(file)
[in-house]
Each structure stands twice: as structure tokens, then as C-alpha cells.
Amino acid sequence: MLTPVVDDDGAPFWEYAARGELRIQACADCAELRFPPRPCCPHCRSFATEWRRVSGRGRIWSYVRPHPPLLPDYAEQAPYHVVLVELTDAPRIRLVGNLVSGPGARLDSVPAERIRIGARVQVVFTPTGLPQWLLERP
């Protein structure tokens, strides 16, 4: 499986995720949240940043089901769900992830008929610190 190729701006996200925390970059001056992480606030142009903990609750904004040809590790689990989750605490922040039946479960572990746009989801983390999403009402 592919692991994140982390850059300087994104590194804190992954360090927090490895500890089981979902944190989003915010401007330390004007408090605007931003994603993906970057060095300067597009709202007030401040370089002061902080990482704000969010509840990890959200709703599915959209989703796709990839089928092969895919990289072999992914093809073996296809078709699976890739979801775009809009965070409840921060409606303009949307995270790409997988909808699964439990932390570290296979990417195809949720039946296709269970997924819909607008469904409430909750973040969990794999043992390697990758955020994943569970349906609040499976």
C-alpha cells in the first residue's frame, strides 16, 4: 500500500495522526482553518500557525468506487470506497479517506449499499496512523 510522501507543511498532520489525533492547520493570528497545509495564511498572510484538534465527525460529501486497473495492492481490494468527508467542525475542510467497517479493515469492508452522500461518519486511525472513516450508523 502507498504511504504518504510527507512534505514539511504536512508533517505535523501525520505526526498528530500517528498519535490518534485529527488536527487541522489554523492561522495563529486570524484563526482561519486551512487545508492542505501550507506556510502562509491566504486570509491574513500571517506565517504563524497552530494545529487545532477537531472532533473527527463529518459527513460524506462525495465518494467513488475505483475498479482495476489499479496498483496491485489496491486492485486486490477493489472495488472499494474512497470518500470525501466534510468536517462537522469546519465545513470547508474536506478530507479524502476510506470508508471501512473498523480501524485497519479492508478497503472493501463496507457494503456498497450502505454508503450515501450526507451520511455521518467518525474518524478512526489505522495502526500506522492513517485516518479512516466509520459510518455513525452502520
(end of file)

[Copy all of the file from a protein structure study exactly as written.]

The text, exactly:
[in-house]
Each structure stands twice: as structure tokens, then as C-alpha cells.
Amino acid sequence: MLTPVVDDDGAPFWEYAARGELRIQACADCAELRFPPRPCCPHCRSFATEWRRVSGRGRIWSYVRPHPPLLPDYAEQAPYHVVLVELTDAPRIRLVGNLVSGPGARLDSVPAERIRIGARVQVVFTPTGLPQWLLERP
């Protein structure tokens, strides 16, 4: 499986995720949240940043089901769900992830008929610190 190729701006996200925390970059001056992480606030142009903990609750904004040809590790689990989750605490922040039946479960572990746009989801983390999403009402 592919692991994140982390850059300087994104590194804190992954360090927090490895500890089981979902944190989003915010401007330390004007408090605007931003994603993906970057060095300067597009709202007030401040370089002061902080990482704000969010509840990890959200709703599915959209989703796709990839089928092969895919990289072999992914093809073996296809078709699976890739979801775009809009965070409840921060409606303009949307995270790409997988909808699964439990932390570290296979990417195809949720039946296709269970997924819909607008469904409430909750973040969990794999043992390697990758955020994943569970349906609040499976």
C-alpha cells in the first residue's frame, strides 16, 4: 500500500495522526482553518500557525468506487470506497479517506449499499496512523 510522501507543511498532520489525533492547520493570528497545509495564511498572510484538534465527525460529501486497473495492492481490494468527508467542525475542510467497517479493515469492508452522500461518519486511525472513516450508523 502507498504511504504518504510527507512534505514539511504536512508533517505535523501525520505526526498528530500517528498519535490518534485529527488536527487541522489554523492561522495563529486570524484563526482561519486551512487545508492542505501550507506556510502562509491566504486570509491574513500571517506565517504563524497552530494545529487545532477537531472532533473527527463529518459527513460524506462525495465518494467513488475505483475498479482495476489499479496498483496491485489496491486492485486486490477493489472495488472499494474512497470518500470525501466534510468536517462537522469546519465545513470547508474536506478530507479524502476510506470508508471501512473498523480501524485497519479492508478497503472493501463496507457494503456498497450502505454508503450515501450526507451520511455521518467518525474518524478512526489505522495502526500506522492513517485516518479512516466509520459510518455513525452502520